If you have a potted plant you have adopted just as summer sets in, here is a suggestion for planting during the heat to give it the best chance of success: immediately after planting, install a shade barrier on the south (sunny) side of the plant using three stakes in a “V” shape, either made of wood, metal, or PVC pipe sections. Use stakes tall enough to cast a shade onto the entire plant. Onto these three stakes, attach shade cloth with either twist ties or a stapler, so the plant receives shade most of the day as the sun moves across it. Install the “V” middle-point as close as possible to the plant to give it as much shade as possible. Check your shade screen throughout the day to check its positioning, and pull the sides in closer if needed to cast shade onto your new planting. Do not put shade cloth over the plant, as the cloth will trap heat under it and heat up the plant even more. A large rock placed on the sunny (south) side of the plant also helps your plant to stay happier. The rock will shade the ground next to the roots, and retain moisture longer under it. The companion rock also helps to shade the plant, and can even encourage some dew to form and drip off the rock as cool night air condenses on the rock still warm from the day’s sun.

Figuring out how often to water a newly installed plant during summer is a delicate situation as well–too wet, and it rots; too dry, and it suffers. The root ball needs to be kept moist, but wet soil at the surface where soils are very hot can cause excessive growth of bacteria and harmful fungi, resulting in root rot and killing your plant. The soil needs to be kept moist about 3 inches below the surface, but keeping the soil continuously wet at the surface can be detrimental.  Checking soil moisture is helpful here: either use an inexpensive moisture meter (less that $9 at gardening stores), or you can use an old screwdriver to dig a small hole to a depth of about 2-3”. Check for moisture at the bottom of the hole. After watering, if no moisture has reached the bottom of your test hole, keep watering. Use a new hole to recheck moisture with your meter or hole after watering again. Allow the soil in the top 2-3 inches to dry out between watering the newly installed plant.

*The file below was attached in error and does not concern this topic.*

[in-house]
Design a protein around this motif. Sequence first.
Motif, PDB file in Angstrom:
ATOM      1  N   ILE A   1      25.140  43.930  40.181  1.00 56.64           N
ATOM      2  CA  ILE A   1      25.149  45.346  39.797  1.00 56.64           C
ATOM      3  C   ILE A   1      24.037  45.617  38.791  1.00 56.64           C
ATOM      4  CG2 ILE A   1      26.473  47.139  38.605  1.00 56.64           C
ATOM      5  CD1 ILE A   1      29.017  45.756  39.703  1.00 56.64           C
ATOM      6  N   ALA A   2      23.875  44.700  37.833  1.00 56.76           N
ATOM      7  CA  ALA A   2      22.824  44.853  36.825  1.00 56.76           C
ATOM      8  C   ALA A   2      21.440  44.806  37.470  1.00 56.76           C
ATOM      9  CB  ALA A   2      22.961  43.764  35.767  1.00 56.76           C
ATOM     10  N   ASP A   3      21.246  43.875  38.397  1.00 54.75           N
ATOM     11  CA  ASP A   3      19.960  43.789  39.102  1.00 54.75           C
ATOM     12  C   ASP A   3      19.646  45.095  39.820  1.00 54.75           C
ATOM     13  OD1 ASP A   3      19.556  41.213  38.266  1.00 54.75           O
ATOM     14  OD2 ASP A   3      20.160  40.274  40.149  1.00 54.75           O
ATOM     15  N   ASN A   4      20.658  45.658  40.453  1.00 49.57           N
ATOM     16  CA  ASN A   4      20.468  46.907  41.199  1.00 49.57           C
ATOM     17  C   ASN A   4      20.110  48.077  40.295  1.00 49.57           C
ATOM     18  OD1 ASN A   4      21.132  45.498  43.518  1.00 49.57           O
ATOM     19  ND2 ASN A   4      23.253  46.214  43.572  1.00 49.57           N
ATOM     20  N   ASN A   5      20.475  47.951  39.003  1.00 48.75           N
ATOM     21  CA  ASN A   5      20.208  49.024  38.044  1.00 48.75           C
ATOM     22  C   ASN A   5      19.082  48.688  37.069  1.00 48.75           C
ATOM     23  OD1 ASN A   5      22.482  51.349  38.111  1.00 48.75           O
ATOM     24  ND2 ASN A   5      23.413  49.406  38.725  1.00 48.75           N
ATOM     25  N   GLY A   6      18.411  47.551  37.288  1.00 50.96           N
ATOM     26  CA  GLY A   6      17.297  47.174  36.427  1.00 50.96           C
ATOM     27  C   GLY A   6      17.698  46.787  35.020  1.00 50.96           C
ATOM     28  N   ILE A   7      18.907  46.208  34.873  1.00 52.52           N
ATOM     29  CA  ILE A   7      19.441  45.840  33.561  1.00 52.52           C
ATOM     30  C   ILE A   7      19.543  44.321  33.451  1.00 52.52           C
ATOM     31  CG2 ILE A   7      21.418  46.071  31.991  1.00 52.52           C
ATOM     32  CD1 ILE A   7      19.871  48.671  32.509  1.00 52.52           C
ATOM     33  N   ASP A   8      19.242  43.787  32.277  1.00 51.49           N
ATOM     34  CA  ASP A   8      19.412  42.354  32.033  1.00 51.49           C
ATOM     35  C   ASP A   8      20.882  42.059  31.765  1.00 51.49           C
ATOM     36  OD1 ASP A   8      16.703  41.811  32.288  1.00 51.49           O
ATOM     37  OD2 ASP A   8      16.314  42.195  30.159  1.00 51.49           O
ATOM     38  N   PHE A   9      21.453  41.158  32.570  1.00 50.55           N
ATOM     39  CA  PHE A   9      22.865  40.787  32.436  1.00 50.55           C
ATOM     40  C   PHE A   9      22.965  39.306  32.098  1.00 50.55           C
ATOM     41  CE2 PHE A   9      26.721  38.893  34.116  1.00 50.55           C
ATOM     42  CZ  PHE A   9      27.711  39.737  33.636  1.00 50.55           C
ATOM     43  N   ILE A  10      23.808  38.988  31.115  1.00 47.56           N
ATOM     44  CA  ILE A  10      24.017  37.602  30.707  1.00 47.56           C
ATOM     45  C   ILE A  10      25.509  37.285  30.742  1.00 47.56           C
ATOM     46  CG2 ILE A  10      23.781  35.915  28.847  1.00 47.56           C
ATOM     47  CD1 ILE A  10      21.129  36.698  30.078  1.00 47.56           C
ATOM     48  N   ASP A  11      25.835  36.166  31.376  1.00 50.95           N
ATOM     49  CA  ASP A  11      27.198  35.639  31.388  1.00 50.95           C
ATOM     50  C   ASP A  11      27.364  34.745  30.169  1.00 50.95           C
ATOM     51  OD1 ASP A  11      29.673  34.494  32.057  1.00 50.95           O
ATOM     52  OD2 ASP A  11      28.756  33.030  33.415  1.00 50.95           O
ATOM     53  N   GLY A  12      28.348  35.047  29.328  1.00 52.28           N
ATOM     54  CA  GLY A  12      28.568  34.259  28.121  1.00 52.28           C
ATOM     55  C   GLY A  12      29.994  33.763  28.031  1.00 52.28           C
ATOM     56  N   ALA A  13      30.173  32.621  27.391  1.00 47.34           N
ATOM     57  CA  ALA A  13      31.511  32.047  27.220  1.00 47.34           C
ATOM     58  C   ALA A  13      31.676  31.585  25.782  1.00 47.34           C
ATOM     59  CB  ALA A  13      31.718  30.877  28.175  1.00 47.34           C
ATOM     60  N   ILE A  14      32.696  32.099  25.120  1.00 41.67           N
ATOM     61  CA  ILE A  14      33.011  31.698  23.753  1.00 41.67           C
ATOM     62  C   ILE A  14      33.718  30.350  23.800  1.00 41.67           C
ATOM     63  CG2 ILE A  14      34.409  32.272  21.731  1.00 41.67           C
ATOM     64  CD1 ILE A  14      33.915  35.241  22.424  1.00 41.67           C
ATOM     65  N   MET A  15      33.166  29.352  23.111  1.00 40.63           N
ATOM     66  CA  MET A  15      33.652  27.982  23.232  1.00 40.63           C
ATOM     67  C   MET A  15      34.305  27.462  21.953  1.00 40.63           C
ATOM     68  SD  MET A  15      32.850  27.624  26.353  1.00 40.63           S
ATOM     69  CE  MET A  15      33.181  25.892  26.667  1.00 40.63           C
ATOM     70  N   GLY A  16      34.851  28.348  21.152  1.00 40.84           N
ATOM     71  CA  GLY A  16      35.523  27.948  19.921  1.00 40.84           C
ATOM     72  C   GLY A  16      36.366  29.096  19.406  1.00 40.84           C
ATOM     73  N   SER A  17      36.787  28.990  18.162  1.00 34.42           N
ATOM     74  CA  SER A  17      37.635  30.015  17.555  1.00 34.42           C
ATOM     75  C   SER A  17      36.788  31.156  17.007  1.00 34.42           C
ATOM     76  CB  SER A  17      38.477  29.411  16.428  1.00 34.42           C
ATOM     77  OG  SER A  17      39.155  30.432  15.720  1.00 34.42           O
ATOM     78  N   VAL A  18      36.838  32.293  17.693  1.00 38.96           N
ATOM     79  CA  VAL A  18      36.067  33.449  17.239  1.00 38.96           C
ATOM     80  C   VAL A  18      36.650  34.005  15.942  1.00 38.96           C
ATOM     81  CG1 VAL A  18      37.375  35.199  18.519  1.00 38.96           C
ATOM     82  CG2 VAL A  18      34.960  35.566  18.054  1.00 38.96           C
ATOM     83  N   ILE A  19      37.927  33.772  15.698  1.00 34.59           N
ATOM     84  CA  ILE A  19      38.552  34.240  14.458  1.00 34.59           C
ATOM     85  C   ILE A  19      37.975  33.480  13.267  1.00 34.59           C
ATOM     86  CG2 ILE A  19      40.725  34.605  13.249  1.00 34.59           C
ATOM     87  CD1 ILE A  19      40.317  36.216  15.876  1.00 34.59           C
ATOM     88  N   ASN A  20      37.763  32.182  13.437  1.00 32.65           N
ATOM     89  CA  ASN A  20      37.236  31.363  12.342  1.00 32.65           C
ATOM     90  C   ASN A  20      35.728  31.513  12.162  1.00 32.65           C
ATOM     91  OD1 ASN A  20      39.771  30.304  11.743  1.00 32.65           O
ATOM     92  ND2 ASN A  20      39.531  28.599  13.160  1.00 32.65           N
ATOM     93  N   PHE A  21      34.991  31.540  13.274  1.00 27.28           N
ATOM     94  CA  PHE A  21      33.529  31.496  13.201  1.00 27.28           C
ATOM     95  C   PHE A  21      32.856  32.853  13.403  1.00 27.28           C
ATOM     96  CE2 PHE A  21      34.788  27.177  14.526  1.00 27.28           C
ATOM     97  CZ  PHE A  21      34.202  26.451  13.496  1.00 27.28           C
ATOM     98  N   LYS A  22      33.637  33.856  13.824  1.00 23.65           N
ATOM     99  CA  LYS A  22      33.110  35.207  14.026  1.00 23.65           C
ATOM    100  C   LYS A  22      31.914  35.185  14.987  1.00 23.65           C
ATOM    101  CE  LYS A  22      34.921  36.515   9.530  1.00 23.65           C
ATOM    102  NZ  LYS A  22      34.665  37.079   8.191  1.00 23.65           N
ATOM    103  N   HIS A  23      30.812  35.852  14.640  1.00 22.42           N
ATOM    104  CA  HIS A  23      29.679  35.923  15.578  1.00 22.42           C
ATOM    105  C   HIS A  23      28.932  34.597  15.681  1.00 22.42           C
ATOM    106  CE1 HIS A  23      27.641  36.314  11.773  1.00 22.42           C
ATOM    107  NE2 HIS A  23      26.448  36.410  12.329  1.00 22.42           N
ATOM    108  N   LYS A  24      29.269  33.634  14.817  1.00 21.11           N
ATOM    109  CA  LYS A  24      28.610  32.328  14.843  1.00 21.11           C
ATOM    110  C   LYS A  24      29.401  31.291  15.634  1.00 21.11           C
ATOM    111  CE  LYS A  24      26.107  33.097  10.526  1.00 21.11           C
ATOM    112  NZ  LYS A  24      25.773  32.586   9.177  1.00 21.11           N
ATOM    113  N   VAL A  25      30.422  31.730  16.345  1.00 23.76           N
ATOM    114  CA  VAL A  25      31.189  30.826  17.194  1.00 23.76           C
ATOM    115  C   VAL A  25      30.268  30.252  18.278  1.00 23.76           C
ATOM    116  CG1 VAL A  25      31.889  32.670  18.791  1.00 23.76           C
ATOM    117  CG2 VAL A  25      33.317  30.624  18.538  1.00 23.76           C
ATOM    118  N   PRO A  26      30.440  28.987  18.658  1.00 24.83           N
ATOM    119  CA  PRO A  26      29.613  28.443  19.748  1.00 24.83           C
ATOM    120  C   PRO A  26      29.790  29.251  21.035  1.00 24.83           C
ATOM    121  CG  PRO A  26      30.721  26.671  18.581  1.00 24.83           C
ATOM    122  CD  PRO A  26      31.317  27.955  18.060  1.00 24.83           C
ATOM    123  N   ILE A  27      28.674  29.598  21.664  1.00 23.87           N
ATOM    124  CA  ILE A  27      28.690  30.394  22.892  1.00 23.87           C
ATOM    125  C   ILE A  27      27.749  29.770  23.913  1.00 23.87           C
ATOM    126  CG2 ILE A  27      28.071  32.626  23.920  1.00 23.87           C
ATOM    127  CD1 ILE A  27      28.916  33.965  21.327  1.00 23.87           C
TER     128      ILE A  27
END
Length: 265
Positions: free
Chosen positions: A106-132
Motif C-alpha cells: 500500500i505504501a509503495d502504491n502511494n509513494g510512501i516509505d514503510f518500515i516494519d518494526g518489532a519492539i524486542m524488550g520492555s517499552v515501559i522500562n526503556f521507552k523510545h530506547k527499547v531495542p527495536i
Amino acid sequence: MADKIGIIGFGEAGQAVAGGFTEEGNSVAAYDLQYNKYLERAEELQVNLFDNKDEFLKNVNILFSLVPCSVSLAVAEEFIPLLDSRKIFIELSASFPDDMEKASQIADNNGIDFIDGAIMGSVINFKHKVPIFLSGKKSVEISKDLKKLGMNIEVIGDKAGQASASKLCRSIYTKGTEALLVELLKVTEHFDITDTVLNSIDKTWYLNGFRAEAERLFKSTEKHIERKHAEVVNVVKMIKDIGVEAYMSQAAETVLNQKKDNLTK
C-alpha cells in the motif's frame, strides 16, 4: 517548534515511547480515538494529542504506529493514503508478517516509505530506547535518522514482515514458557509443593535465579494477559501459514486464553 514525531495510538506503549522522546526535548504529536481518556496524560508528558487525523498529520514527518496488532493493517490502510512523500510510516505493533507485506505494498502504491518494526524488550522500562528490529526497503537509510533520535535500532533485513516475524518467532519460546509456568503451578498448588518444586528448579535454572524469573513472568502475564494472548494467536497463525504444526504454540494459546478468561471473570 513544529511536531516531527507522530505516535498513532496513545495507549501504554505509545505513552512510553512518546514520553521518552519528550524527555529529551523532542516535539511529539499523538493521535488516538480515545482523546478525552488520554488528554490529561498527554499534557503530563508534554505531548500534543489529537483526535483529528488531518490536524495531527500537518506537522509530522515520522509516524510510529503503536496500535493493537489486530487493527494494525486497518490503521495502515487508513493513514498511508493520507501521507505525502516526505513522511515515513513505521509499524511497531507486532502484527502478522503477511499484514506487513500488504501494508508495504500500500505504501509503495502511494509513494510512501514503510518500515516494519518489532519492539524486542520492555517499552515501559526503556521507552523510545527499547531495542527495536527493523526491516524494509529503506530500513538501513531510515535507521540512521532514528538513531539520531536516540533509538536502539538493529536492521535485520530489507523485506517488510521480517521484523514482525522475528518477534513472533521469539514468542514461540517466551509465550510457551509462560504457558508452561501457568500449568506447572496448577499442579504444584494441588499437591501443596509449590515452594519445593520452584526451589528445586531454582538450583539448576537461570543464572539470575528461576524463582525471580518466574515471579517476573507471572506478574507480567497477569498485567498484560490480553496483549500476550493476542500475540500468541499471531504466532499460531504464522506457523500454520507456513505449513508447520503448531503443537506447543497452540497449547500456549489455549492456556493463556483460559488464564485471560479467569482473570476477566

Moisture Meter-Basketbush Sumac-1062-web

Moisture meters are a great tool in helping you check soil moisture to determine when and how long to irrigate your plants. They are inexpensive and easy to use (and fun to use all around your yard to check soil moisture after you water).

I’m writing this article now because several months ago I decided to wait until fall to plant a very special native plant I have wanted for years–Yerba Santa, which a fellow botanist had gifted to me. It has been thriving for three months in the pot…that is until we had a 118 degree day in the midst of weeks of over 100 degree weather with extreme humidity. The Yerba Santa has taken a nose dive, even though I have had the pot itself shaded. I lament now not planting it even though summer was setting in when I received it, since I fear I have now lost the treasured plant. As a rule of thumb, plants that cannot tolerate wet soil during summer (which include some of our southwest native plants), should not be planted in summer even if the above measures are followed. Examples of these plants that hate summer water and need dry soils during summer include Ceanothus (California Lilac), Fremontodendron (Flannelbush),  Arctostaphylos (Manzanita), and Trichostema (Wooly Blue Curls). For this reason, the easiest plants to get established in the summer are those that can tolerate year-round moisture.

I’ll never know for certain if my Yerba Santa would have survived the heat in the ground during this excessive heat wave, but I know for sure it hated being in the pot as summer put its burning fangs around my tender plant. Hopefully these tips can help you can avoid this sad experience.